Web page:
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Cover Story: Touch And Go 2

| August 29, 2006 | 0 Comments

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CHICAGO

The only people Rusk and Pfahler knew here were the members of Big Black. Rusk had met frontman Steve Albini on the panel of the New Music Seminar in New York and, just as he had with MacKaye, hit it off, thus forging a dynamic partnership. Big Black played a pre-Graystone Detroit show Rusk was booking, “and stayed up all night barbecuing and talking about blowing stuff up, which we both loved to do. Friends ever since.”

When Touch And Go arrived in Chicago in late ’86, the Albini pipeline fed Rusk bands and suddenly a respectable roster turned into an impressive one with Big Black, Urge Overkill, Scratch Acid, Butthole Surfers, and Didjits. “Literally, it’s the connections between people that you know kind of thing,” Rusk says. “Like we moved here only knowing Big Black. Who did we start working with after we moved here? Urge Overkill, who were friends with Steve at the time. Then Big Black broke up and Scratch Acid broke up and what became of that? Steve’s next band, Rapeman, with David Sims from Scratch Acid. We were friends with Scratch Acid, and then David Yow ended up moving to Chicago just because Rey Washam and David Sims, his buddies from Scratch Acid, were now in Steve’s band and David . . . missed them? You’d have to ask him. But he moved up here and Rapeman broke up and The Jesus Lizard formed. There’s some sort of common thread going through all of that.”

Things being the way they are, however, Rusk and Pfahler, who had earlier married, split and Rusk assumed full control of the label, moving to a warehouse near Irving Park Road and Western Avenue in 1989. While his personal life had temporarily unraveled, Touch And Go surged. In 1990, he created a sister label, Quarterstick, to release music he didn’t feel fit into what he thought Touch And Go was doing. He also “computerized the company in a really serious sort of way that was overkill for who we were at that point in time.” But what it allowed him to do was create Touch And Go’s distribution arm. “Quite often [a] creative sort of personality type is inherently also not naturally good at the business side of things. I thought, ‘We’re really good with our vendors, we’re really good with distribution, we have a great distribution network, we’re great at getting paid,’ which was really difficult to do back then, ‘and we’ve systemized it all with this computer. We could help a lot of other labels with the part of the business that doesn’t come naturally to a lot of people. It would be good for them, and it would be good for us.’ So in 1990, we started doing manufacturing and distributing for some other labels.”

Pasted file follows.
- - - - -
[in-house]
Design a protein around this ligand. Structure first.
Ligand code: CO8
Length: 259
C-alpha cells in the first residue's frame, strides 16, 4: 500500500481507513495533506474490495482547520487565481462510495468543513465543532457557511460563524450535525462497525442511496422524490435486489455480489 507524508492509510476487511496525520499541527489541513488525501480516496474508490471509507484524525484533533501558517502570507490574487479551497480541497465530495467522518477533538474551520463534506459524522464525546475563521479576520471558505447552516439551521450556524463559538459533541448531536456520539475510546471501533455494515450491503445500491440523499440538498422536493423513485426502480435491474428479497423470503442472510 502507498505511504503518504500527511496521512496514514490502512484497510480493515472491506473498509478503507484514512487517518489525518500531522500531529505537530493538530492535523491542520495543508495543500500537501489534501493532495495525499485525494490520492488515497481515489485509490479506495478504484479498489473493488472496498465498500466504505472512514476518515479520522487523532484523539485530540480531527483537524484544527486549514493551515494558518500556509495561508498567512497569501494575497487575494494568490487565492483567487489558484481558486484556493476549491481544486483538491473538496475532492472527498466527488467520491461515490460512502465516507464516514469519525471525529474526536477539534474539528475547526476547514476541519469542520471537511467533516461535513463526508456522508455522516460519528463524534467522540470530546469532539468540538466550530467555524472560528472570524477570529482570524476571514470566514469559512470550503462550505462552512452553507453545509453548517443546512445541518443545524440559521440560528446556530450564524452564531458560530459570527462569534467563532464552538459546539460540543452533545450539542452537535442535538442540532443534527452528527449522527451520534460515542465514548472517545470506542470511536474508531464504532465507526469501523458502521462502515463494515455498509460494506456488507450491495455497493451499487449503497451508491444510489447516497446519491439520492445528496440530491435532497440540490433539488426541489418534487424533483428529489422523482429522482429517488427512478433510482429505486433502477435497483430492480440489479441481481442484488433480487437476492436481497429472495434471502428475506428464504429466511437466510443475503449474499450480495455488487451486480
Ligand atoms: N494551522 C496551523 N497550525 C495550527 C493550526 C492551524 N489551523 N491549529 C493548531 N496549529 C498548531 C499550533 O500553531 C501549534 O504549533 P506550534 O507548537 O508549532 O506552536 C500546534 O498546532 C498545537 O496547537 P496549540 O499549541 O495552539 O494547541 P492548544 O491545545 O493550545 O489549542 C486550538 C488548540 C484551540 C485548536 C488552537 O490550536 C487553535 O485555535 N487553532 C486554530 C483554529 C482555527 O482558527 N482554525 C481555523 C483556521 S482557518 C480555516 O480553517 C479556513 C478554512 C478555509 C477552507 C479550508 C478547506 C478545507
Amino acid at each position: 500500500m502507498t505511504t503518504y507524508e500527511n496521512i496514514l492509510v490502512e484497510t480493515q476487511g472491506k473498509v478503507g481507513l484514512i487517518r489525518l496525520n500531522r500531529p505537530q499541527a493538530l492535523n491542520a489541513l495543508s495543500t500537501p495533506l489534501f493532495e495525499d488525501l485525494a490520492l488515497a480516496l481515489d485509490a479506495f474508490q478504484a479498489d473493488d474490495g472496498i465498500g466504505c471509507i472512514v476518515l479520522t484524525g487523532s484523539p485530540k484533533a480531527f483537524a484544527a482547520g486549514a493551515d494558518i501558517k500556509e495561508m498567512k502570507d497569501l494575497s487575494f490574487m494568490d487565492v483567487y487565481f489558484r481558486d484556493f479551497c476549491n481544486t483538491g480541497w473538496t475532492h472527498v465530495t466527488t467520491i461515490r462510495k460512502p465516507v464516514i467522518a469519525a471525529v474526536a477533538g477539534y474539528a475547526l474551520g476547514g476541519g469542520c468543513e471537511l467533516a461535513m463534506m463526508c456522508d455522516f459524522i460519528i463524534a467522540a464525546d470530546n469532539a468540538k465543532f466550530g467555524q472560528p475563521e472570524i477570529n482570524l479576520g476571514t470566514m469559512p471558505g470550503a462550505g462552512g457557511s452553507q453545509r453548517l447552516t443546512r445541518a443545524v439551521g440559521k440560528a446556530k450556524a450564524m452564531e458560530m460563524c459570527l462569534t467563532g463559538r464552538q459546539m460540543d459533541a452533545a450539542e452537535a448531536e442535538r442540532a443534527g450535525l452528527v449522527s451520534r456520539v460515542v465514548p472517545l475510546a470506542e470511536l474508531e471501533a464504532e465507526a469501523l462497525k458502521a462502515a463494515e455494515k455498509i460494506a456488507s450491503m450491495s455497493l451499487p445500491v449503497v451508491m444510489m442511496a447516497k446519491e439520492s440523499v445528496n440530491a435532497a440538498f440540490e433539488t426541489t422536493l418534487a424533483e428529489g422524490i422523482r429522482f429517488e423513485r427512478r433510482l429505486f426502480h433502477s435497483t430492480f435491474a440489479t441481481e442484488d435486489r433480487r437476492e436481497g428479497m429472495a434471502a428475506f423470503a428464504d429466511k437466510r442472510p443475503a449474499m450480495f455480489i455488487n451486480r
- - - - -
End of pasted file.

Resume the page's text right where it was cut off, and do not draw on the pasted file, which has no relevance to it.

Touch And Go turned into an empire at a key time because before anyone would know it, “Smells Like Teen Spirit” was on the radio and the inmates of the indie rock asylum had crashed the gates. Major labels were looking to sign any band that could be the next Nirvana — mostly bands who sounded exactly like Nirvana — and gone were Urge Overkill, Butthole Surfers, and eventually The Jesus Lizard. Albini, who had been firing scathing letters attacking peoples’ credibility since the ’80s, was now at odds with some of his closest friends, even engaging Chicago Reader columnist Bill Wyman in a famous Liz Phair debate. Rusk was less vocal.

“[I was] probably more hurt than angry,” he admits, “but reasonably quickly just decided I wasn’t going to let my feelings get hurt too much by it. I could guilt them into not doing it — is that any good for anybody? I only want to work with people who understand what we do and think, ‘That’s the way I want to do it.’

“But it was also a time of immense growth for indie labels, because suddenly tons of mainstream people — who would never have thought for a second about listening to something other than what’s on major labels — had their attention drawn to the fact Nirvana had come from an underground label. There must be other interesting music on these smaller labels. So suddenly you were able to sell more records and it was exciting that bands that we loved we could get more attention for them.”

History bears him out. While you could argue every indie label had a stacked roster in the ’90s, Rusk had Arcwelder, Seam, Girls Against Boys, Don Caballero, reissued the whole of Big Black’s records, Slint, Brainiac, Polvo, and Shellac, while Quarterstick bore Henry Rollins, Pegboy, Therapy?, Mekons, June Of 44, Rachel’s, and Calexico. Everything was working.

“It was mainly record-to-record, handshake 50/50 deals — what we’ve done with everything our whole existence,” Rusk says, pointing out Touch And Go stuck with their original model even when tying bands down would have seemed prudent. “We were particularly vulnerable, I suppose, with the predatory tactics of the majors.”

But it wouldn’t be the majors tugging on the loose thread.

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